George C. Homsy: Strategizing for Sustainability: Local Government Actions on Regional and Global Issues

A man standing in the window of an abandoned house in Detroit.

In Detroit, an abandoned house turned art project. photo / provided

George C. Homsy (M.R.P. '04, Ph.D. CRP '14) is an assistant professor in Binghamton University's Department of Public Administration. His research explores the drivers of sustainability policy change at the municipal level, strategies for implementation, and evaluation of the results. His interest lies in small- to medium-size cities and towns. He is the co-principal investigator (with Mildred Warner, Department of City and Regional Planning, Cornell University) on a research project funded by the U.S. Department of Agriculture examining sustainability in rural communities. With Siobhan Hart (Department of Anthropology, Binghamton University), Homsy explores the nexus of heritage and sustainability, especially at the neighborhood level. Homsy frequently links his academic research to planning and local government practice through collaborations with the International City/County Management Association and the American Planning Association (APA). Previously, Homsy was a planning consultant helping small- and medium-sized municipalities in New York and Massachusetts create environmentally and economically sustainable communities. He began his investigation of the topic as a journalist with the public radio newsmagazine Living on Earth, which he cofounded and coproduced. He was also executive producer for The Cultivated Gardener and has written numerous articles for APA's Planning magazine. Homsy earned his Ph.D. and M.R.P. from Cornell University and his B.S. from Tufts University. He has held AICP certification since 2007.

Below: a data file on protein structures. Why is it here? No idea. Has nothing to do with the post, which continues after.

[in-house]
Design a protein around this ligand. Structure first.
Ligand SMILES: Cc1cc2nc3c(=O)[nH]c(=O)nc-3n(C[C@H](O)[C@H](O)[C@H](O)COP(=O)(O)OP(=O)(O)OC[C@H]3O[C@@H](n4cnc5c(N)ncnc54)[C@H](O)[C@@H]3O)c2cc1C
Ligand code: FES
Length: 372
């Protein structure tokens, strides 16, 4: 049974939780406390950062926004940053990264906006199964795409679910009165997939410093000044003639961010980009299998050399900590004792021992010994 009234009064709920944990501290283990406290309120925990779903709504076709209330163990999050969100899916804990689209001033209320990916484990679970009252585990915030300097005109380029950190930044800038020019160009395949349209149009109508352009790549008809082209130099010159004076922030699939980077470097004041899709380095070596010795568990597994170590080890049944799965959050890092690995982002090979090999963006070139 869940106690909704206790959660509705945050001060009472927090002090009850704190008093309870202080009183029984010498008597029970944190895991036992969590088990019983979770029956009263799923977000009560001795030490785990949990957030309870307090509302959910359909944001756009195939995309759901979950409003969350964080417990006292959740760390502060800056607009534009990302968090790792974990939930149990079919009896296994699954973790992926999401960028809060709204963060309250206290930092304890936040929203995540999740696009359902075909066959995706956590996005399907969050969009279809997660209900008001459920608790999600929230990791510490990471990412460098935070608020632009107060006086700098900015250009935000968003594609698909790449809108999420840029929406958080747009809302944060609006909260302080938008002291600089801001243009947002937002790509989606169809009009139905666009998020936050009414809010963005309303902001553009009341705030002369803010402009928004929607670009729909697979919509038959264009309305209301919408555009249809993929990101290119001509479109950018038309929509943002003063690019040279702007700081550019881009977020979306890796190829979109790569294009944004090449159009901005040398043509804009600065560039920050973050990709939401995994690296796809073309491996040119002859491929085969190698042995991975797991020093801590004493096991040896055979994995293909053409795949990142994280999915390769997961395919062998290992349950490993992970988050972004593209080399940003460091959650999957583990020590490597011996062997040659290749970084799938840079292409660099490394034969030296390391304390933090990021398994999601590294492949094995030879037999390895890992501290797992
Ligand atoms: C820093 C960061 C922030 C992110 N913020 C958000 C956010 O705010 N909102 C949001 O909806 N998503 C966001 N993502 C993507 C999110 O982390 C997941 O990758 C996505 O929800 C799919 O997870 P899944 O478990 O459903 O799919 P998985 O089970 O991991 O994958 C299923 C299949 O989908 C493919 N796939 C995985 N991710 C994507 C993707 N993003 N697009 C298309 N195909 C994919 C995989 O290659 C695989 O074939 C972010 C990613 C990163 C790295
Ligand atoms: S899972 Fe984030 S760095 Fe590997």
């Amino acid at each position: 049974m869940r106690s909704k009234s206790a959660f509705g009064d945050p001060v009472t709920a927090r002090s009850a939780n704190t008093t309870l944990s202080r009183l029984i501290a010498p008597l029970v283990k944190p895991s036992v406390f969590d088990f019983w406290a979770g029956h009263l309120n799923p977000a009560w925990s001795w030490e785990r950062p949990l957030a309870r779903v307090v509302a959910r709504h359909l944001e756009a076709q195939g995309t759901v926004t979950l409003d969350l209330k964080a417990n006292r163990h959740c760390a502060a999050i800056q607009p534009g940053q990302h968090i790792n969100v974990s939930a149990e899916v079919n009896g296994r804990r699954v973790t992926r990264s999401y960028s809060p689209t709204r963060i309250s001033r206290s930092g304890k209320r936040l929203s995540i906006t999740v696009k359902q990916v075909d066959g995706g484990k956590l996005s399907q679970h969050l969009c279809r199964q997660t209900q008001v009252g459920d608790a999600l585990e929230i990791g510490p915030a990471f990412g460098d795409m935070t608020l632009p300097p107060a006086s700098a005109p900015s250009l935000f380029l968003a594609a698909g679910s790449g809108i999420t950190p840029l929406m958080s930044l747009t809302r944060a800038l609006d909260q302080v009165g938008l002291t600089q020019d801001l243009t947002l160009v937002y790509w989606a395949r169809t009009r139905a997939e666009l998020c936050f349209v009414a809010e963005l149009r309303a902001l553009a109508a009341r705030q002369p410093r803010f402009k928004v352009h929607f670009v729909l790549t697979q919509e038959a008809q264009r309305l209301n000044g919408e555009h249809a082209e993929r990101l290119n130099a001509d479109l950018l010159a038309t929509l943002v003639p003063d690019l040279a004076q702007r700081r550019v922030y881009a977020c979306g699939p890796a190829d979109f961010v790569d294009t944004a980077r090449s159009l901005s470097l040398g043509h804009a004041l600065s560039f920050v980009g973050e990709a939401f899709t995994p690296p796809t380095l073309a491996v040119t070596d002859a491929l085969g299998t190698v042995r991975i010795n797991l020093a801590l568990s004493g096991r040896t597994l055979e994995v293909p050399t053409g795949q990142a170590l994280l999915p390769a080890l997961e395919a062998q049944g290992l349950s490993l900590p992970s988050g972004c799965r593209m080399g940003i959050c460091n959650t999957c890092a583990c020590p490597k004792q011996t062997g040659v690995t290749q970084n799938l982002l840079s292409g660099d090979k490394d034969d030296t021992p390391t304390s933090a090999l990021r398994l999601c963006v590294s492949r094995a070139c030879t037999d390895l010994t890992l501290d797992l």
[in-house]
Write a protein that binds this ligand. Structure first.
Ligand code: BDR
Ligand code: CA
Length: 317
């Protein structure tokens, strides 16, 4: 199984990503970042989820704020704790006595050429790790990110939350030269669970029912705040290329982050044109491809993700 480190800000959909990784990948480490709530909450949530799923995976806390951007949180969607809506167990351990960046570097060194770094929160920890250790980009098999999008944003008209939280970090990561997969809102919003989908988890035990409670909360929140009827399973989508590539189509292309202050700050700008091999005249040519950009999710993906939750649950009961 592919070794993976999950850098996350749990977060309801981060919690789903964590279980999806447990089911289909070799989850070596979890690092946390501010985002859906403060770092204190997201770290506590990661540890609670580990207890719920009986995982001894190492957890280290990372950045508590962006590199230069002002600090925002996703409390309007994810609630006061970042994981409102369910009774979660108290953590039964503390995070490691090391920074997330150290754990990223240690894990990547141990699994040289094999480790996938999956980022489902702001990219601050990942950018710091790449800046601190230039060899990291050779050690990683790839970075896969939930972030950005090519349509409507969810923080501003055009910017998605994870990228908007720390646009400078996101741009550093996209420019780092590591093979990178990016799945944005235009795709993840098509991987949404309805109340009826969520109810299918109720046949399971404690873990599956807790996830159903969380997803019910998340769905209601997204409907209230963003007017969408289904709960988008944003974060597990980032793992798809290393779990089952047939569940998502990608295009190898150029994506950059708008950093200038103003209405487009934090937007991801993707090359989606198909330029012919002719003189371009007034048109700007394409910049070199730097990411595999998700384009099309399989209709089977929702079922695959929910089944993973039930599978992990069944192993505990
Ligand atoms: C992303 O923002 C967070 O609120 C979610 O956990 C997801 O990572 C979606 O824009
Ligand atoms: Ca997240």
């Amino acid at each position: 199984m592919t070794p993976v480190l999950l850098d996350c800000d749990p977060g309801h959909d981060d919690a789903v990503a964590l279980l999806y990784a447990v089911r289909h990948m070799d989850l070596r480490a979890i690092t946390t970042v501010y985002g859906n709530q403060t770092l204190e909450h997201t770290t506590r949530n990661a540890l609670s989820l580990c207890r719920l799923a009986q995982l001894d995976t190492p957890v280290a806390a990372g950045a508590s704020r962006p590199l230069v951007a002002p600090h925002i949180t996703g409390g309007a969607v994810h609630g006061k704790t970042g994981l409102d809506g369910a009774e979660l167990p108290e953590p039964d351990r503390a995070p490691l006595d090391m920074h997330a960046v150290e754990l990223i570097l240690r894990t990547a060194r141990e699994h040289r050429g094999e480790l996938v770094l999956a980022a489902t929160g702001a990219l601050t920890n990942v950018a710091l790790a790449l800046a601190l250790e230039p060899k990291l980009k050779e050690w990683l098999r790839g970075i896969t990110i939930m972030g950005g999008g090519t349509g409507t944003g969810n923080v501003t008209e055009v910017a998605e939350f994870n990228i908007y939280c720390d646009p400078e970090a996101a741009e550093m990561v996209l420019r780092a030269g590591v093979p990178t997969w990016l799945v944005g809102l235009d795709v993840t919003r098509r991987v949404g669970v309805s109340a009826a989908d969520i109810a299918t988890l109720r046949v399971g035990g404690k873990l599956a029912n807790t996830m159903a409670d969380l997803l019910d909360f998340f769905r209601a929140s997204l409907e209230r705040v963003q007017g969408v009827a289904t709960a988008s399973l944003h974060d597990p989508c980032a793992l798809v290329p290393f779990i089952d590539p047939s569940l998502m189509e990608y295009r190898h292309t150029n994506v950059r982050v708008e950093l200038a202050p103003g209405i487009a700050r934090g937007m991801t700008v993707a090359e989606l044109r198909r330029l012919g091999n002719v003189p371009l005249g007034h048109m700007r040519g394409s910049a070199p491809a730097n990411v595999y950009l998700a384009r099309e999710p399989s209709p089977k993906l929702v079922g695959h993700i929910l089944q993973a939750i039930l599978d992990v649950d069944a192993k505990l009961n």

Abstract:

Local governments have been thrust to the forefront of sustainability with big cities, such as New York City, Boston, and Chicago, garnering a lot of publicity for their successes. However, most Americans live in smaller communities that lack the capacity and/or political will to act on issues of the environment, social justice, and equitable economic development, especially when those issues deal with regional or global common challenges. In his talk, Homsy will discuss his research into the drivers of sustainability policymaking by local governments. His findings also describe the circumstances and strategies that allow some communities to overcome the hurdles to action.